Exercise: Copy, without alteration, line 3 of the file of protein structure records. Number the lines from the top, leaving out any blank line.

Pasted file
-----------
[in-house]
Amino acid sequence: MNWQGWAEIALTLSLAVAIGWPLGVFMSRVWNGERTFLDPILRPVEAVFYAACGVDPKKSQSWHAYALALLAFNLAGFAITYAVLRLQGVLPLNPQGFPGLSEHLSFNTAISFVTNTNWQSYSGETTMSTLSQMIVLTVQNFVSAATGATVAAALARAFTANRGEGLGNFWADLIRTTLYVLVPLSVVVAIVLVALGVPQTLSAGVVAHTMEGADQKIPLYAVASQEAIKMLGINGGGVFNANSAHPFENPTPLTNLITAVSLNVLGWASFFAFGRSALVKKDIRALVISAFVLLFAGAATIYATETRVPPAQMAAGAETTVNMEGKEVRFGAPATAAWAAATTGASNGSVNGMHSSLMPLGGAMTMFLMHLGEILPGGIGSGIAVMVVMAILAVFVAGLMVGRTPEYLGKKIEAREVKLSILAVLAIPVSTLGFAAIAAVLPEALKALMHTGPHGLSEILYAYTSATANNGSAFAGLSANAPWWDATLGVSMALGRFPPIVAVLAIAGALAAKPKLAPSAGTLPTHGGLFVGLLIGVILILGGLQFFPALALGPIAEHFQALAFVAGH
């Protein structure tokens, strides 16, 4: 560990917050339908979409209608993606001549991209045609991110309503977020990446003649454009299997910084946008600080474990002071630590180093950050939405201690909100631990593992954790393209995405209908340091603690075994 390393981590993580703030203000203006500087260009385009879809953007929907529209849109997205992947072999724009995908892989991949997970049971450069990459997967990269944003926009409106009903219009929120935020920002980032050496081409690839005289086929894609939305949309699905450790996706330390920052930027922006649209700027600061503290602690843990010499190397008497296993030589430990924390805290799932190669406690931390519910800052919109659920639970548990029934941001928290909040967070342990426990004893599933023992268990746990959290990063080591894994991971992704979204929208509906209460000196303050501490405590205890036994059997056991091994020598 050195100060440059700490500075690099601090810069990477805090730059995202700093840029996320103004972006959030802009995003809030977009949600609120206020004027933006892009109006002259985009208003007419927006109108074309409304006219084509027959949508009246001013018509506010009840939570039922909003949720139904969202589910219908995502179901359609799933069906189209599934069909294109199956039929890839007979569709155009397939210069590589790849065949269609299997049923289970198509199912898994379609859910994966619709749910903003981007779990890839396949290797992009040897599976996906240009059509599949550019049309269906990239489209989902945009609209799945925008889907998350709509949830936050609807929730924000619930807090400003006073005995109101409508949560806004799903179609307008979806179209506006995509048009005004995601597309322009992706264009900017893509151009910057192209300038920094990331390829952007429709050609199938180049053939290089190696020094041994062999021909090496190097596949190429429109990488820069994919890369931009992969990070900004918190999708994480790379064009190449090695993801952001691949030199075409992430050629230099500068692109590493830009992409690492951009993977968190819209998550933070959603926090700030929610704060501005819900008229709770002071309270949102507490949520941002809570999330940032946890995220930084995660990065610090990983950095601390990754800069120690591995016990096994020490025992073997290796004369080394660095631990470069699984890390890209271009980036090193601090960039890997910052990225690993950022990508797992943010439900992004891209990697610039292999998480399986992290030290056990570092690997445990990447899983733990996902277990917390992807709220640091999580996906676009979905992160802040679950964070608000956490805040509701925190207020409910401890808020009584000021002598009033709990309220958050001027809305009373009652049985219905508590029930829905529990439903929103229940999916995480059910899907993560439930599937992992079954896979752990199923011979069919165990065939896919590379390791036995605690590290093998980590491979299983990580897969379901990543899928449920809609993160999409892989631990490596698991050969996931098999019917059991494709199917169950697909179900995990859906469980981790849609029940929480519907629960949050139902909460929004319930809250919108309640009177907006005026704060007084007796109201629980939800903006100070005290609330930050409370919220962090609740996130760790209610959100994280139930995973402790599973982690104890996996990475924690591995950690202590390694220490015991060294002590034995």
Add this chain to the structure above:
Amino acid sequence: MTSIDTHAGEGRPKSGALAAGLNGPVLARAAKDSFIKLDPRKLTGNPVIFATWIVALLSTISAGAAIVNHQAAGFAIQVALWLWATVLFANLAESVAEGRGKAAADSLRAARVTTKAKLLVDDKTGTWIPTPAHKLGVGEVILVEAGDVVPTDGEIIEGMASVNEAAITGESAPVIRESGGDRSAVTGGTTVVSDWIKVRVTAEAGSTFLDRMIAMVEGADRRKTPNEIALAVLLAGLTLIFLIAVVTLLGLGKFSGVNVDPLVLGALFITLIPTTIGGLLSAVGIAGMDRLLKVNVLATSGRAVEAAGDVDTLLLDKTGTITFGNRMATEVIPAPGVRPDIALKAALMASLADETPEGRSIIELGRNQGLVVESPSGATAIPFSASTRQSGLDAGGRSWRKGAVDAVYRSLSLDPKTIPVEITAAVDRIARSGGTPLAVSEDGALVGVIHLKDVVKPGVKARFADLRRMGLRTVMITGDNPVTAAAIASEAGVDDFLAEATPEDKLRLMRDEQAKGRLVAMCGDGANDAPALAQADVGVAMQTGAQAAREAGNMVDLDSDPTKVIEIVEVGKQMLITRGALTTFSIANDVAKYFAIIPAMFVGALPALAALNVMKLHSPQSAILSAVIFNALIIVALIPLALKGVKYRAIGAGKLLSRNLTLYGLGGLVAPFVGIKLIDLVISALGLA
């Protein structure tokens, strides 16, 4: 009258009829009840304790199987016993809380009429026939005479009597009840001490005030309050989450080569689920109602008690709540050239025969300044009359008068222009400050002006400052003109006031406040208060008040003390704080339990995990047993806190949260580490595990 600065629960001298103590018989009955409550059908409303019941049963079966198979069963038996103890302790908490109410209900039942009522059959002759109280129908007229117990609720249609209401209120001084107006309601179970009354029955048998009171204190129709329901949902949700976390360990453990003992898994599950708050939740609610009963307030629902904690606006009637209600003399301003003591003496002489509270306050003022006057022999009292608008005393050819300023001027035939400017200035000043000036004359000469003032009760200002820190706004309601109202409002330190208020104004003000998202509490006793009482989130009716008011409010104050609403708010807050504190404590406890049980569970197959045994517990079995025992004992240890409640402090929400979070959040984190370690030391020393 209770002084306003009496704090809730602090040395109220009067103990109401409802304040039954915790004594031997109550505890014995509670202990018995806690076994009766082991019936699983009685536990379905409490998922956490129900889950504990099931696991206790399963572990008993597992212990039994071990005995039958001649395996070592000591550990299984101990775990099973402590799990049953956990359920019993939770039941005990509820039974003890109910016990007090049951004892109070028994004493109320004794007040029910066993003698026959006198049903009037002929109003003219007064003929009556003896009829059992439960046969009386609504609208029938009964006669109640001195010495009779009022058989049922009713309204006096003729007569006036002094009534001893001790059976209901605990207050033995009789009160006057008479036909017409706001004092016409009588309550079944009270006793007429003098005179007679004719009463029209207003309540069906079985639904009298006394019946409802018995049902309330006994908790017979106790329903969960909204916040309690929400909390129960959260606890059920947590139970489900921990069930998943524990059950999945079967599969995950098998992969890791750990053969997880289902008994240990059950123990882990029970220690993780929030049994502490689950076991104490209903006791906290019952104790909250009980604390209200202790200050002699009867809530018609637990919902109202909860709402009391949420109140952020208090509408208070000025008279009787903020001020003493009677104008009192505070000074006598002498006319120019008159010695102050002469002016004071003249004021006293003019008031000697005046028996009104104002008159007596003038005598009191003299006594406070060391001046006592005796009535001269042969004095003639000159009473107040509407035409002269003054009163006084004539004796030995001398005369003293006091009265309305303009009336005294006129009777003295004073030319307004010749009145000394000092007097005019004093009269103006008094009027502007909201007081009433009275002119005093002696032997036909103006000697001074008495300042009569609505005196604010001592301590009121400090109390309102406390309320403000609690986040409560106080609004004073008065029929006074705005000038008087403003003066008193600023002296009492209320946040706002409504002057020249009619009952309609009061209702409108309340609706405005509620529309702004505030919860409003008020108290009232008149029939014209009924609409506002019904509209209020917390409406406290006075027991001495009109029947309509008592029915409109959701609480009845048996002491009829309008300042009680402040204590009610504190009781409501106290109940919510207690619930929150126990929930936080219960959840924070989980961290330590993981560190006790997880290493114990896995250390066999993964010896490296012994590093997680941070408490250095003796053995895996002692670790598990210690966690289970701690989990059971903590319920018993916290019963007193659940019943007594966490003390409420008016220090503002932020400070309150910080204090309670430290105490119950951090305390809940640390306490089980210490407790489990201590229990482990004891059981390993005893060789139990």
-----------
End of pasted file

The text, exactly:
């Protein structure tokens, strides 16, 4: 560990917050339908979409209608993606001549991209045609991110309503977020990446003649454009299997910084946008600080474990002071630590180093950050939405201690909100631990593992954790393209995405209908340091603690075994 390393981590993580703030203000203006500087260009385009879809953007929907529209849109997205992947072999724009995908892989991949997970049971450069990459997967990269944003926009409106009903219009929120935020920002980032050496081409690839005289086929894609939305949309699905450790996706330390920052930027922006649209700027600061503290602690843990010499190397008497296993030589430990924390805290799932190669406690931390519910800052919109659920639970548990029934941001928290909040967070342990426990004893599933023992268990746990959290990063080591894994991971992704979204929208509906209460000196303050501490405590205890036994059997056991091994020598 050195100060440059700490500075690099601090810069990477805090730059995202700093840029996320103004972006959030802009995003809030977009949600609120206020004027933006892009109006002259985009208003007419927006109108074309409304006219084509027959949508009246001013018509506010009840939570039922909003949720139904969202589910219908995502179901359609799933069906189209599934069909294109199956039929890839007979569709155009397939210069590589790849065949269609299997049923289970198509199912898994379609859910994966619709749910903003981007779990890839396949290797992009040897599976996906240009059509599949550019049309269906990239489209989902945009609209799945925008889907998350709509949830936050609807929730924000619930807090400003006073005995109101409508949560806004799903179609307008979806179209506006995509048009005004995601597309322009992706264009900017893509151009910057192209300038920094990331390829952007429709050609199938180049053939290089190696020094041994062999021909090496190097596949190429429109990488820069994919890369931009992969990070900004918190999708994480790379064009190449090695993801952001691949030199075409992430050629230099500068692109590493830009992409690492951009993977968190819209998550933070959603926090700030929610704060501005819900008229709770002071309270949102507490949520941002809570999330940032946890995220930084995660990065610090990983950095601390990754800069120690591995016990096994020490025992073997290796004369080394660095631990470069699984890390890209271009980036090193601090960039890997910052990225690993950022990508797992943010439900992004891209990697610039292999998480399986992290030290056990570092690997445990990447899983733990996902277990917390992807709220640091999580996906676009979905992160802040679950964070608000956490805040509701925190207020409910401890808020009584000021002598009033709990309220958050001027809305009373009652049985219905508590029930829905529990439903929103229940999916995480059910899907993560439930599937992992079954896979752990199923011979069919165990065939896919590379390791036995605690590290093998980590491979299983990580897969379901990543899928449920809609993160999409892989631990490596698991050969996931098999019917059991494709199917169950697909179900995990859906469980981790849609029940929480519907629960949050139902909460929004319930809250919108309640009177907006005026704060007084007796109201629980939800903006100070005290609330930050409370919220962090609740996130760790209610959100994280139930995973402790599973982690104890996996990475924690591995950690202590390694220490015991060294002590034995």